By Jon Lake in Farnborough
Eurofighter GmbH has filed a freedom of information request to obtain ‘clarification’ of the Typhoon unit production cost published in the 2005 UK National Audit Office (NAO) Major Projects Report.
Programme director Brian Phillipson describes the £64.8 million ($120 million) price quoted by the NAO – and subsequently widely quoted in the press – as being “much higher” than unit cost that he would recognise.
“The numbers in the NAO reports changed between 2004 and 2005 from £49.1 million to £64.8 million. Eurofighter does not understand why. The increase in cost bears no relation to any change from us,” says Phillipson.
“We have sought an official explanation, but understand that other charges, over and above anything that we have been paid, have been included.
“This leads me to question whether the NAO price is really a Unit Production Cost.”
Typically in Germany, he says, recovery of production investment and two years of support and operating costs have been included in what effectively becomes a unit system cost. “My suspicion is that the UK MoD has moved towards a system cost while still calling it a Unit Production Cost,” he says.
“This £64.8 million figure is much higher than any unit cost, flyaway cost or purchase price that I would recognise. It’s something quite different.
“The brief note in the NAO report fell short of providing any real explanation of the increase, which is why we formally requested clarification of the changes made to create the new figure in the NAO report. We initially made an informal enquiry, but after discussion agreed that it would be best to file a formal enquiry under the Freedom of Information Act.”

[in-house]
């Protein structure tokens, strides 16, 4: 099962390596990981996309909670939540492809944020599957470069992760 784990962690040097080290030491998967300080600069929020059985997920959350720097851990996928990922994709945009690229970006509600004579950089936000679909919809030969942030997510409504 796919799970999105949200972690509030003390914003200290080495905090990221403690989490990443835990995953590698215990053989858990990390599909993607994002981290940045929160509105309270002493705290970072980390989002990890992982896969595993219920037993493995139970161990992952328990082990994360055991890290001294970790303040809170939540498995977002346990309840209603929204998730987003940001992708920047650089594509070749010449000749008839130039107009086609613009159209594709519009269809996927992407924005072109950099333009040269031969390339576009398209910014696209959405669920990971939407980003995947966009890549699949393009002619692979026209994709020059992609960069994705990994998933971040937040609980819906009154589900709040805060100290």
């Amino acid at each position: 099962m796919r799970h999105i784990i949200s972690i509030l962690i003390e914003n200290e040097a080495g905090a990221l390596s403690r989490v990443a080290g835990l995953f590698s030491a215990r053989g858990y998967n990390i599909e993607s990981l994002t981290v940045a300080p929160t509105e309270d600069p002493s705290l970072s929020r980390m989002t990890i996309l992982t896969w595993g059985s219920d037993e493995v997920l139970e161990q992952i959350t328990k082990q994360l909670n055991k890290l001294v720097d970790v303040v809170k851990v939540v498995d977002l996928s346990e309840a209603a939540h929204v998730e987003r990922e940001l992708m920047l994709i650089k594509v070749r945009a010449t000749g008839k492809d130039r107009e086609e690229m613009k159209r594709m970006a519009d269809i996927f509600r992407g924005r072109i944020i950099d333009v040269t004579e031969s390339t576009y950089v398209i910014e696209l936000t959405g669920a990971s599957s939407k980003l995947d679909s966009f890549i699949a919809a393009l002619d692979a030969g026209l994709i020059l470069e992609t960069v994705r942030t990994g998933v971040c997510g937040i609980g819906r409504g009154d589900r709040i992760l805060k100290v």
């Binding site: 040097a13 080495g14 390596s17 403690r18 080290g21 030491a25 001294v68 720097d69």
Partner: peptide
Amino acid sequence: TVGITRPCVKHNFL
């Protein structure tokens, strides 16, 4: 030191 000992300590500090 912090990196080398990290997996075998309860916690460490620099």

An answer is expected in August. Meanwhile, Phillipson suggests is would be “extremely unfortunate” if changes in the reporting of accounting procedures were allowed to give the impression of cost growth.
“This is important not only for the export market, but also looking ahead to Tranche 3. I remain entirely confident that Eurofighter Typhoon represents excellent, unparalleled value for money for our nations’ air forces and taxpayers.”
“Whatever the perceived price - and there are so many variables that may or may not be included in any ‘headline figure’ - we believe Eurofighter Typhoon provides the best possible value, and the most cost-effective solution, when pitched against any competition in the export market. The aircraft’s availability is contractually guaranteed, as are the very low costs of ownership, and these make Typhoon unbeatable in cost terms.”
It is understood that the NAO figures include Nato Eurofighter Management Agency (NEFMA) running costs and Qinetiq charges – legitimate parts of a total programme cost, but not of a unit production cost.
The UK’s 55 Tranche 1 aircraft are known to have cost £2.5 billion, representing a unit production cost of £45.45 million, while the Tranche 2 global contract was £9.56 billion for all partners, which gave a unit production cost of about £40 million. It has been reported that Austria paid a unit flyaway price of €62 million ($78 million) for its 18 aircraft.